Movie Review: Black Swan

Score

Darren Aronofsky presents... a comedy?

There’ve been snatches of humour in his films that have come before, but there’s an argument that Black Swan might just be director Darren Aronofsky’s first comedy. It’s a black one, sure, and it’s psychodrama too, a very glossy case study of artistic obsession. But at times the director’s The Wrestler follow-up is so silly and so camp, it’s unlikely a master of his craft like Aronofsky could have been unintentional with its tone.

If The Wrestler dealt with art at the base of the spectrum, then Black Swan concerns itself with subject matter at the most opposite end, telling the tale of a neurotic young ballerina (perfectly realized by Natalie Portman) whose life unravels before us. In many ways the two films are companion pieces; both concern the route one journies, and subsequent pitfalls, of people whose purpose is indistinguishable from their existence. Yet while Black Swan doesn’t pack the emotional punch of the pro-wrestling opus, the film never suffers for it.

Sure, there’s a substantial slab of Lynchian body horror as the protagonists life descends into madness – the Tchaikovsky soundtracked coda of the film is at once beautiful, pioneering, and thrillingly disgusting – and there are themes present that are distressing at source. But it’s the high octane performances of Vincent Cassel as the theatre company svengali and Winona Ryder as the worn down star of yesteryear that stops the film descending into documentary. There are moments where Nina (Portman) endures horror so gnarly, sympathy turns to curiosity, then realizes itself as something approaching mirth.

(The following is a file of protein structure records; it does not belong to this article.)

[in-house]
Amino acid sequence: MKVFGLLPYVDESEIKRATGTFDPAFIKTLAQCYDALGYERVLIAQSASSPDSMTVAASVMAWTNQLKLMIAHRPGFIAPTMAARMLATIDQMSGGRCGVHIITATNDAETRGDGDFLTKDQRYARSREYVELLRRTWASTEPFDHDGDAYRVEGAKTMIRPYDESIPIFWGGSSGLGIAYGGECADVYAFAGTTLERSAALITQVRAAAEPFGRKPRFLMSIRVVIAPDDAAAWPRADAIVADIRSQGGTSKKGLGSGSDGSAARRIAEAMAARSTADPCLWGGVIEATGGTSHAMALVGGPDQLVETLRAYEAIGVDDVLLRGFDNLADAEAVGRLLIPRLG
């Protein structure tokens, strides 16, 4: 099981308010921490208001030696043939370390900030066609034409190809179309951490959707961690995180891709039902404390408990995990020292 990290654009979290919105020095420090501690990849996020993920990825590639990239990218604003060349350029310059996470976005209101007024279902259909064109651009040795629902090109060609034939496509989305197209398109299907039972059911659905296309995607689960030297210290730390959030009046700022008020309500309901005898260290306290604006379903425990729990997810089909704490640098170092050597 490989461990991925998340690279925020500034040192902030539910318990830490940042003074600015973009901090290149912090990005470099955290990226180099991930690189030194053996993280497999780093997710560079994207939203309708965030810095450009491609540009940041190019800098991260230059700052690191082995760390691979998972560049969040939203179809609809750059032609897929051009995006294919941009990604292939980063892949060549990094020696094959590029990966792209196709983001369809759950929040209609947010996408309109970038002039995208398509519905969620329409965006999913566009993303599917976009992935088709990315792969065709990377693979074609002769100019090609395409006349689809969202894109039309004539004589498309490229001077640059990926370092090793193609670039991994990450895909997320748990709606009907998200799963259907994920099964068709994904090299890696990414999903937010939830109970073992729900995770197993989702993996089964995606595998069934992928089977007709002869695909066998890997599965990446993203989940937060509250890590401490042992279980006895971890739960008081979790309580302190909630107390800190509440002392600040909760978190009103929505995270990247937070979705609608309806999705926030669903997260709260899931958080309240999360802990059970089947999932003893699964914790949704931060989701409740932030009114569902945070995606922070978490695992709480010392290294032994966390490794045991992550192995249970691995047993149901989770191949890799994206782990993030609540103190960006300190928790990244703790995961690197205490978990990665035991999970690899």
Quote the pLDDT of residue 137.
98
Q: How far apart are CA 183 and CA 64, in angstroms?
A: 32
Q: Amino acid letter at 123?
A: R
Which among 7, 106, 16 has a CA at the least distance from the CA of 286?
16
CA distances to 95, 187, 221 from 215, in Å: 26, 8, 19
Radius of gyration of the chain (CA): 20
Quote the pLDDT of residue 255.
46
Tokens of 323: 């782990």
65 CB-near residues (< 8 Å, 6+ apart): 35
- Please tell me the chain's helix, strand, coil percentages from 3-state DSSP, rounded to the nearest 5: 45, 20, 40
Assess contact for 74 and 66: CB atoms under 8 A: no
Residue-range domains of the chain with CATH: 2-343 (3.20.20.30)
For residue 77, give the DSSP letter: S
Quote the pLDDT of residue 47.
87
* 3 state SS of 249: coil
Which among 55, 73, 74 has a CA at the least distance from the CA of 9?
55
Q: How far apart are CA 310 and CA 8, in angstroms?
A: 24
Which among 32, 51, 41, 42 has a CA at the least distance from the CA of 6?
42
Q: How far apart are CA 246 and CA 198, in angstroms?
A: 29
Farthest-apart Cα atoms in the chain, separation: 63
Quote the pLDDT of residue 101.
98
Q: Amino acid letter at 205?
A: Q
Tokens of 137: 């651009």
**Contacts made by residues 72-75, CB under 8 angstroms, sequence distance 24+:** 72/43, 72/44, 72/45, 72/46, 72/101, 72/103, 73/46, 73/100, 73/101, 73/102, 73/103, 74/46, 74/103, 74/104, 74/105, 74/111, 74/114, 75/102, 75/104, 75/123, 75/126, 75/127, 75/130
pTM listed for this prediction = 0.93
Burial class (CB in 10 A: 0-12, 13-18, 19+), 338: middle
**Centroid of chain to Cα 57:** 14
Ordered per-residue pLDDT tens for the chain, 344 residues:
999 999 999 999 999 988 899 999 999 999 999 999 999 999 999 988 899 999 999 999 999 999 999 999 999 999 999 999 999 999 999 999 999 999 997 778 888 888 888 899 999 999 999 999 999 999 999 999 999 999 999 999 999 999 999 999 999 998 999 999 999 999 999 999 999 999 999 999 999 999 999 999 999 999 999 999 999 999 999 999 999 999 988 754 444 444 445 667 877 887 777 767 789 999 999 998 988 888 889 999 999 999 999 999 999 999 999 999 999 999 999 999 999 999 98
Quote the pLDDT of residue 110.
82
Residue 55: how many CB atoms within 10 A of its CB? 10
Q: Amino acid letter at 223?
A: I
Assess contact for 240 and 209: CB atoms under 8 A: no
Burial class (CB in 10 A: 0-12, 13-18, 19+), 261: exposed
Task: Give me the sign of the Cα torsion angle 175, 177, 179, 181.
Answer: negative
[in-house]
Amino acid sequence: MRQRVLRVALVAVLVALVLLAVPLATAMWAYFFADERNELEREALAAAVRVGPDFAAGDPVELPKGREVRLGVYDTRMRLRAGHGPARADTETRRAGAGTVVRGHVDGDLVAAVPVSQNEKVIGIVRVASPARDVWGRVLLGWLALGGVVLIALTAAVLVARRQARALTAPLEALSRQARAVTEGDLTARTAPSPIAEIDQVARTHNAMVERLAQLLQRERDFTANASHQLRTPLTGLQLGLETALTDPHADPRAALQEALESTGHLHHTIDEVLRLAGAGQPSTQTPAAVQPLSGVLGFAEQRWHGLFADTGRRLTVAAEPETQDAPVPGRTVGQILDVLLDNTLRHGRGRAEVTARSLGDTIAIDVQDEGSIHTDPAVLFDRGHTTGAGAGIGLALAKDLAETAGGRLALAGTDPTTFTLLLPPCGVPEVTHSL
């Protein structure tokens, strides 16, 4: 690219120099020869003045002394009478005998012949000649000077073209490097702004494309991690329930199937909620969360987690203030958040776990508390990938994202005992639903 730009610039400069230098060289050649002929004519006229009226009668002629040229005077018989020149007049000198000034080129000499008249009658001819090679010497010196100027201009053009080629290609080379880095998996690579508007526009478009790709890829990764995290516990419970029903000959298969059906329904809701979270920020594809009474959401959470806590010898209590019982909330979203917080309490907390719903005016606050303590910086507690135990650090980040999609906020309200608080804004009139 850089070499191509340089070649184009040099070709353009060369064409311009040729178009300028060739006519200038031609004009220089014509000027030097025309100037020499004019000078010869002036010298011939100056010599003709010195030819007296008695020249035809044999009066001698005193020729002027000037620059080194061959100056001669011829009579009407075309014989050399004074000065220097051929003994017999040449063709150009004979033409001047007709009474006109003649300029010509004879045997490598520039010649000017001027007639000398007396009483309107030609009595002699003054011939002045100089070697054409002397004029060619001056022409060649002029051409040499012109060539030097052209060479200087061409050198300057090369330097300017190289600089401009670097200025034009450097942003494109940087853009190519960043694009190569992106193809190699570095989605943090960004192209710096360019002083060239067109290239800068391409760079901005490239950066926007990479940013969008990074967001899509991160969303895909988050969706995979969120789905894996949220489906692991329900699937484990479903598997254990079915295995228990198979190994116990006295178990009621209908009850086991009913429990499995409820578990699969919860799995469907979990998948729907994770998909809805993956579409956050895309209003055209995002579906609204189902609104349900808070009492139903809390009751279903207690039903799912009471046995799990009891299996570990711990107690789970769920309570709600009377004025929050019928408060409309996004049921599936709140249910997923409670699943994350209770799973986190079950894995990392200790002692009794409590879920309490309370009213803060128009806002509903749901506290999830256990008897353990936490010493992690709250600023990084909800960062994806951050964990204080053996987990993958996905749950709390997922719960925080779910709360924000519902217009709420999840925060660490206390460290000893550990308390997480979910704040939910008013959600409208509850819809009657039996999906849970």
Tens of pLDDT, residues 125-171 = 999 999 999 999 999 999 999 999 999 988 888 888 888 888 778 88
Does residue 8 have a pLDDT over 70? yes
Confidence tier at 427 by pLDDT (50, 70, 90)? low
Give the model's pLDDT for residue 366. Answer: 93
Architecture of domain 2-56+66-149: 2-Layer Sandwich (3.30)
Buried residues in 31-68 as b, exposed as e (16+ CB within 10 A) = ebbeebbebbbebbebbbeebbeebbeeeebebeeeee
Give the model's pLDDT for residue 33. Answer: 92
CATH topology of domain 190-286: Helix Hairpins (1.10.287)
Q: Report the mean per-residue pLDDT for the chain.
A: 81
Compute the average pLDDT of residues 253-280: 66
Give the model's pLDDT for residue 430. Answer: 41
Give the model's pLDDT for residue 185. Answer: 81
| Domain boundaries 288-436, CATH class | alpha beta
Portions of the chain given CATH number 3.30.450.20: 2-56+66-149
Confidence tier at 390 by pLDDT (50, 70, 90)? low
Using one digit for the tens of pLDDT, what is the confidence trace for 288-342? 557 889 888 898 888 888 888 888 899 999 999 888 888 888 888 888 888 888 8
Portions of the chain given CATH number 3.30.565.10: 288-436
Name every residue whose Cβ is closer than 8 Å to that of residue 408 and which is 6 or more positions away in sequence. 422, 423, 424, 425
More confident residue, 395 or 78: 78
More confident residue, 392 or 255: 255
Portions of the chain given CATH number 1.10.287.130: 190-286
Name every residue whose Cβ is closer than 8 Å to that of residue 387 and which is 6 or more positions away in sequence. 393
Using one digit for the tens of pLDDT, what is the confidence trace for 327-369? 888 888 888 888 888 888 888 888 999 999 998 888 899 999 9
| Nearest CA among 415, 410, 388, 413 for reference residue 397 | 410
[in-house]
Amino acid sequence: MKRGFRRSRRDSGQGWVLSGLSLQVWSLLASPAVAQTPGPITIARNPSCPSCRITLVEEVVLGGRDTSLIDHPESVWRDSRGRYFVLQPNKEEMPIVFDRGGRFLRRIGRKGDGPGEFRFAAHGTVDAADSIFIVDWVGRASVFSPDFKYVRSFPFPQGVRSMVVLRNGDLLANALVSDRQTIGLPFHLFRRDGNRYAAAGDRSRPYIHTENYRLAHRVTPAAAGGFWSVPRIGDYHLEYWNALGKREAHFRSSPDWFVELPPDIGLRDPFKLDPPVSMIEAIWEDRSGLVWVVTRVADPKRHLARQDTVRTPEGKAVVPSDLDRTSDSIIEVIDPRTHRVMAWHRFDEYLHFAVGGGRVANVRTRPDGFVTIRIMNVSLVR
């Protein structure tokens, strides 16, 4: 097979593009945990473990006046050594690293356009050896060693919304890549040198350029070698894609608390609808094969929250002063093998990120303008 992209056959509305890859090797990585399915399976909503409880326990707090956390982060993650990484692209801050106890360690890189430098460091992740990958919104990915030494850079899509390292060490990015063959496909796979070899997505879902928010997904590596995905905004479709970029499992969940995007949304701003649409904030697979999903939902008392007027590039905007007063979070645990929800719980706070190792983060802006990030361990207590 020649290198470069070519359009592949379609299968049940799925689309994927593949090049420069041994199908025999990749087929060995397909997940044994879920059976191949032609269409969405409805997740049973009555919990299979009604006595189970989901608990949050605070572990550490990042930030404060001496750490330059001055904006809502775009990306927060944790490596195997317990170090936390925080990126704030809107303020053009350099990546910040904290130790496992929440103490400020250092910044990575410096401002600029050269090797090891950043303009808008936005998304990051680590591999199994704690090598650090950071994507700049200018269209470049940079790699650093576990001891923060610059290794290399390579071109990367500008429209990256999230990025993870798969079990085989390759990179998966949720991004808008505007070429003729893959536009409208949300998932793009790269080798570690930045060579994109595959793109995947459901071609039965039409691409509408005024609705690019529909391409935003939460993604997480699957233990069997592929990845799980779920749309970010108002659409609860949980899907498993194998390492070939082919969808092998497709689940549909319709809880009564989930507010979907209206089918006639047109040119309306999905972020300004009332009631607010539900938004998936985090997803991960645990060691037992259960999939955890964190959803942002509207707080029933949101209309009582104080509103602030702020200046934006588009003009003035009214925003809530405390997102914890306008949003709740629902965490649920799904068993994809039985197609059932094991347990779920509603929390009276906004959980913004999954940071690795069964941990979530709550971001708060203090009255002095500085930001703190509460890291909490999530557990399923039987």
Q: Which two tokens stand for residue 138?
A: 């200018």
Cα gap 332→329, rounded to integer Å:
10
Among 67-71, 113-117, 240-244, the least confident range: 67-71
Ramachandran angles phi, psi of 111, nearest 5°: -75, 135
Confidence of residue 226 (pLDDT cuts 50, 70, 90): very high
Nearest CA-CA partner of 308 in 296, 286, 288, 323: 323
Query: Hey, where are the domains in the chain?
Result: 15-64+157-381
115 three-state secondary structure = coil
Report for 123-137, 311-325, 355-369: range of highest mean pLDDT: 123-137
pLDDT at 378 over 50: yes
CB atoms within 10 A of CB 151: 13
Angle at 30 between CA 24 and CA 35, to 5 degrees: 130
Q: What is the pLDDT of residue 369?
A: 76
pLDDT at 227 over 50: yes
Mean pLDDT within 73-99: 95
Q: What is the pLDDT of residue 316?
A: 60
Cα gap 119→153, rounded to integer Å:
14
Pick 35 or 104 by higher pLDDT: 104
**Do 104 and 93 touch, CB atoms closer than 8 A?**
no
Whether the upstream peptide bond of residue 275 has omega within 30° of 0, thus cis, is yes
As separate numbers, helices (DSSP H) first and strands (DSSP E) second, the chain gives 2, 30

Come the end, there’s no gut wrench. No lesson learned. No emotional tipping point. Just the snapping of sense as a wasted life lies broken on a crash mat – it’s fine, you can laugh, nobody will judge you. There will be readings to come of Black Swan that will be worthy and reverential, and its cinematography and soundtrack deserve such acclaim. But while there are few films that with look and sound as good as this as 2011 plays out, there’ll will be even less that will be so misunderstood. Black Swan is a hoot. A silly, melodramatic hoot.

James McMahon